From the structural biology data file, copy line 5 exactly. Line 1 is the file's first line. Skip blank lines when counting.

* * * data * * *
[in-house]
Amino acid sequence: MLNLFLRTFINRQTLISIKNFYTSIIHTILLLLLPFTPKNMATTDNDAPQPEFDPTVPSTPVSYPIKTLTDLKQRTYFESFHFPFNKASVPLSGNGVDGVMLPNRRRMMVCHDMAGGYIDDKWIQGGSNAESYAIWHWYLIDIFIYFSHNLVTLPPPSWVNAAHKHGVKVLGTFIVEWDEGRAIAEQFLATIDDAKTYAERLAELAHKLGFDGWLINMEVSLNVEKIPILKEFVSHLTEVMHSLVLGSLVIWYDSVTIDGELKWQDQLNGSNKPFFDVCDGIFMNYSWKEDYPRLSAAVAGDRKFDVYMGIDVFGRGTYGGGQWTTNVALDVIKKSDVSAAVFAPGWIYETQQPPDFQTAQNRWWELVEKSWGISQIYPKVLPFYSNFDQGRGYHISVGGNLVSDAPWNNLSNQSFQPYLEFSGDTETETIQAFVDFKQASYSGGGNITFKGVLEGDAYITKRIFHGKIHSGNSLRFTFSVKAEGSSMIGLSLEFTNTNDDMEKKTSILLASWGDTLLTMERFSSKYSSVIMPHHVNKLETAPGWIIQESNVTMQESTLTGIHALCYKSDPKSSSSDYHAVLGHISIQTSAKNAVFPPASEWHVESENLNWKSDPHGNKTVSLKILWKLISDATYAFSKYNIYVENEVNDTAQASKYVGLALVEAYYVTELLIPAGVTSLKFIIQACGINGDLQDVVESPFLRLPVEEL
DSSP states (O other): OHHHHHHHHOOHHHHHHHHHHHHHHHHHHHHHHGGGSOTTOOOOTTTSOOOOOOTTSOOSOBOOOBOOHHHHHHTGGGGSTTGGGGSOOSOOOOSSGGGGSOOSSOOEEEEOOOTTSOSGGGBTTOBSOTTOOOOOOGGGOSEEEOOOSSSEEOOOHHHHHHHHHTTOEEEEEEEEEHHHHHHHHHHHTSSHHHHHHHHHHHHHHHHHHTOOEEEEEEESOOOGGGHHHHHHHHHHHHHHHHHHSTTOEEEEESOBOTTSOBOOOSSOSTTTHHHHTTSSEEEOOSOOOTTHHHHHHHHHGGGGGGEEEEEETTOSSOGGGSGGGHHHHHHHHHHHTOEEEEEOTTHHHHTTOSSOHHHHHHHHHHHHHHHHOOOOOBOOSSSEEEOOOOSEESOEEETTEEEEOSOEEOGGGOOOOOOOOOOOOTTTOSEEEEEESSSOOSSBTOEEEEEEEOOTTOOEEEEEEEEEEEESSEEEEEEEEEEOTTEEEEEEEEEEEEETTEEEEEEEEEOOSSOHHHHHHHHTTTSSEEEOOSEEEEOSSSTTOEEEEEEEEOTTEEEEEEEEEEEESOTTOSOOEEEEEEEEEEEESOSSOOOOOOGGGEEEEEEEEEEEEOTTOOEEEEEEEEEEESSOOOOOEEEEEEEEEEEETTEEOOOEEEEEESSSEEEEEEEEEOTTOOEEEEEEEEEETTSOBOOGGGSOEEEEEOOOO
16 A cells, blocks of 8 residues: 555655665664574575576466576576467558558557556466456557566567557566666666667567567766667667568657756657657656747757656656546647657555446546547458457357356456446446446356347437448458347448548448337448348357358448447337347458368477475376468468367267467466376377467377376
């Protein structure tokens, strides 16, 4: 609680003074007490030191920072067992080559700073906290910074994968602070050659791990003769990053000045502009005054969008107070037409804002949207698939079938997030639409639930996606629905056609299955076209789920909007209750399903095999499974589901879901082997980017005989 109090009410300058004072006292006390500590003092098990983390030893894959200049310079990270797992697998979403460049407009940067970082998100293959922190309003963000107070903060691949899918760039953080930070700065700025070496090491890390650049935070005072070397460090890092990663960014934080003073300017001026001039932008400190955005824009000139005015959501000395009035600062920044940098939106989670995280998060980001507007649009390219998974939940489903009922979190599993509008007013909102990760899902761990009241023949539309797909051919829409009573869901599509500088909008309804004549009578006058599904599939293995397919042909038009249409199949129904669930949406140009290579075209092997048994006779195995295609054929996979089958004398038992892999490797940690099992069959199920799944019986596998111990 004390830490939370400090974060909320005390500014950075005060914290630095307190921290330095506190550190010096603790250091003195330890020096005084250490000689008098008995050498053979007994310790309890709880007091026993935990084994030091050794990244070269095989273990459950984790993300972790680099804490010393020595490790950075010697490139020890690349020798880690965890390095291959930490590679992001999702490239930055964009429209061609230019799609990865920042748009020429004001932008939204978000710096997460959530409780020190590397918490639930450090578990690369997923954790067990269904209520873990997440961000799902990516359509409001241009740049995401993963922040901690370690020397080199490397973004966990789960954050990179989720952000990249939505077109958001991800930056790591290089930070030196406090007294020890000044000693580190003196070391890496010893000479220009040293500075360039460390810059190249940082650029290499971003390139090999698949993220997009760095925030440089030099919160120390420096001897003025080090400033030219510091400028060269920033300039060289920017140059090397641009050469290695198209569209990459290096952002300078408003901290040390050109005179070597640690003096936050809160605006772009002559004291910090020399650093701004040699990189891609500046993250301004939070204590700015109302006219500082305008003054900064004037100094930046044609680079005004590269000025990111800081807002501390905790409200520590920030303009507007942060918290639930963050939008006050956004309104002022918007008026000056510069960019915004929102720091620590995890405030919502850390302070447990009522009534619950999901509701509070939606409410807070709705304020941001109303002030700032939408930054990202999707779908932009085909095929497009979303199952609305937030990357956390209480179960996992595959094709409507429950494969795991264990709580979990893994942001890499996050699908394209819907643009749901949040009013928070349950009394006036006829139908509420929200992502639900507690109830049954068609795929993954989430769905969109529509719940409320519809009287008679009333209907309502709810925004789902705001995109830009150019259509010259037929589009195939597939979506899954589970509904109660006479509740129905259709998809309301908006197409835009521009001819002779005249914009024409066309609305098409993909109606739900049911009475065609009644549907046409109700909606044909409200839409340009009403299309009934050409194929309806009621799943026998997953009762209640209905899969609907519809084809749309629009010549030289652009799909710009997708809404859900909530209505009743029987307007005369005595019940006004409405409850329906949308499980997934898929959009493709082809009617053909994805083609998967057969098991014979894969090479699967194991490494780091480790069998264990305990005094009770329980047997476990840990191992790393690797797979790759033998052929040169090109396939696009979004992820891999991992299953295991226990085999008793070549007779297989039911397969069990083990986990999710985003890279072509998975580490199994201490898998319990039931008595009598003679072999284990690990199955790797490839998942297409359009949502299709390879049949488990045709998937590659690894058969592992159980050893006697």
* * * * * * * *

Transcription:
């Protein structure tokens, strides 16, 4: 609680003074007490030191920072067992080559700073906290910074994968602070050659791990003769990053000045502009005054969008107070037409804002949207698939079938997030639409639930996606629905056609299955076209789920909007209750399903095999499974589901879901082997980017005989 109090009410300058004072006292006390500590003092098990983390030893894959200049310079990270797992697998979403460049407009940067970082998100293959922190309003963000107070903060691949899918760039953080930070700065700025070496090491890390650049935070005072070397460090890092990663960014934080003073300017001026001039932008400190955005824009000139005015959501000395009035600062920044940098939106989670995280998060980001507007649009390219998974939940489903009922979190599993509008007013909102990760899902761990009241023949539309797909051919829409009573869901599509500088909008309804004549009578006058599904599939293995397919042909038009249409199949129904669930949406140009290579075209092997048994006779195995295609054929996979089958004398038992892999490797940690099992069959199920799944019986596998111990 004390830490939370400090974060909320005390500014950075005060914290630095307190921290330095506190550190010096603790250091003195330890020096005084250490000689008098008995050498053979007994310790309890709880007091026993935990084994030091050794990244070269095989273990459950984790993300972790680099804490010393020595490790950075010697490139020890690349020798880690965890390095291959930490590679992001999702490239930055964009429209061609230019799609990865920042748009020429004001932008939204978000710096997460959530409780020190590397918490639930450090578990690369997923954790067990269904209520873990997440961000799902990516359509409001241009740049995401993963922040901690370690020397080199490397973004966990789960954050990179989720952000990249939505077109958001991800930056790591290089930070030196406090007294020890000044000693580190003196070391890496010893000479220009040293500075360039460390810059190249940082650029290499971003390139090999698949993220997009760095925030440089030099919160120390420096001897003025080090400033030219510091400028060269920033300039060289920017140059090397641009050469290695198209569209990459290096952002300078408003901290040390050109005179070597640690003096936050809160605006772009002559004291910090020399650093701004040699990189891609500046993250301004939070204590700015109302006219500082305008003054900064004037100094930046044609680079005004590269000025990111800081807002501390905790409200520590920030303009507007942060918290639930963050939008006050956004309104002022918007008026000056510069960019915004929102720091620590995890405030919502850390302070447990009522009534619950999901509701509070939606409410807070709705304020941001109303002030700032939408930054990202999707779908932009085909095929497009979303199952609305937030990357956390209480179960996992595959094709409507429950494969795991264990709580979990893994942001890499996050699908394209819907643009749901949040009013928070349950009394006036006829139908509420929200992502639900507690109830049954068609795929993954989430769905969109529509719940409320519809009287008679009333209907309502709810925004789902705001995109830009150019259509010259037929589009195939597939979506899954589970509904109660006479509740129905259709998809309301908006197409835009521009001819002779005249914009024409066309609305098409993909109606739900049911009475065609009644549907046409109700909606044909409200839409340009009403299309009934050409194929309806009621799943026998997953009762209640209905899969609907519809084809749309629009010549030289652009799909710009997708809404859900909530209505009743029987307007005369005595019940006004409405409850329906949308499980997934898929959009493709082809009617053909994805083609998967057969098991014979894969090479699967194991490494780091480790069998264990305990005094009770329980047997476990840990191992790393690797797979790759033998052929040169090109396939696009979004992820891999991992299953295991226990085999008793070549007779297989039911397969069990083990986990999710985003890279072509998975580490199994201490898998319990039931008595009598003679072999284990690990199955790797490839998942297409359009949502299709390879049949488990045709998937590659690894058969592992159980050893006697």